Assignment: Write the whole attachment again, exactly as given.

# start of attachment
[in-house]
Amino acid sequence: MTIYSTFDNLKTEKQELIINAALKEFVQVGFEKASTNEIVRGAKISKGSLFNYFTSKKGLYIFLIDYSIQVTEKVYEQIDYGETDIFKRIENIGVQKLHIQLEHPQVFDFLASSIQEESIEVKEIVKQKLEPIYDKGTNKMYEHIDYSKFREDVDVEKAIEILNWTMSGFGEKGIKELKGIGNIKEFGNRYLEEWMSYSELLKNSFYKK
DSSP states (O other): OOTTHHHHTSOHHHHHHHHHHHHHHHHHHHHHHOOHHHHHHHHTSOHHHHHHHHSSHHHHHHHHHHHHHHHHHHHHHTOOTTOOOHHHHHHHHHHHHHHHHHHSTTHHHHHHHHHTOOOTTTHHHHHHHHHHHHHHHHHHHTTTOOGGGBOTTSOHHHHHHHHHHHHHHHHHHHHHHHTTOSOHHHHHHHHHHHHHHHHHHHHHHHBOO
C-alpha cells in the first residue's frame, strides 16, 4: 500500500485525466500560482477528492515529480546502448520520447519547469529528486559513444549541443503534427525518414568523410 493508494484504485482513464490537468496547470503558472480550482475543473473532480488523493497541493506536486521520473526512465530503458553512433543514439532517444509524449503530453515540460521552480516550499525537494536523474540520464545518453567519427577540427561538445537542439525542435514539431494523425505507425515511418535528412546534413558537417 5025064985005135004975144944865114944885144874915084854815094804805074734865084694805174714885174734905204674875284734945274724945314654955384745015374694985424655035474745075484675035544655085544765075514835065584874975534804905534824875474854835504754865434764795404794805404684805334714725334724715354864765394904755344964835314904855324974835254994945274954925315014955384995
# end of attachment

[in-house]
Amino acid sequence: MTIYSTFDNLKTEKQELIINAALKEFVQVGFEKASTNEIVRGAKISKGSLFNYFTSKKGLYIFLIDYSIQVTEKVYEQIDYGETDIFKRIENIGVQKLHIQLEHPQVFDFLASSIQEESIEVKEIVKQKLEPIYDKGTNKMYEHIDYSKFREDVDVEKAIEILNWTMSGFGEKGIKELKGIGNIKEFGNRYLEEWMSYSELLKNSFYKK
DSSP states (O other): OOTTHHHHTSOHHHHHHHHHHHHHHHHHHHHHHOOHHHHHHHHTSOHHHHHHHHSSHHHHHHHHHHHHHHHHHHHHHTOOTTOOOHHHHHHHHHHHHHHHHHHSTTHHHHHHHHHTOOOTTTHHHHHHHHHHHHHHHHHHHTTTOOGGGBOTTSOHHHHHHHHHHHHHHHHHHHHHHHTTOSOHHHHHHHHHHHHHHHHHHHHHHHBOO
C-alpha cells in the first residue's frame, strides 16, 4: 500500500485525466500560482477528492515529480546502448520520447519547469529528486559513444549541443503534427525518414568523410 493508494484504485482513464490537468496547470503558472480550482475543473473532480488523493497541493506536486521520473526512465530503458553512433543514439532517444509524449503530453515540460521552480516550499525537494536523474540520464545518453567519427577540427561538445537542439525542435514539431494523425505507425515511418535528412546534413558537417 5025064985005135004975144944865114944885144874915084854815094804805074734865084694805174714885174734905204674875284734945274724945314654955384745015374694985424655035474745075484675035544655085544765075514835065584874975534804905534824875474854835504754865434764795404794805404684805334714725334724715354864765394904755344964835314904855324974835254994945274954925315014955384995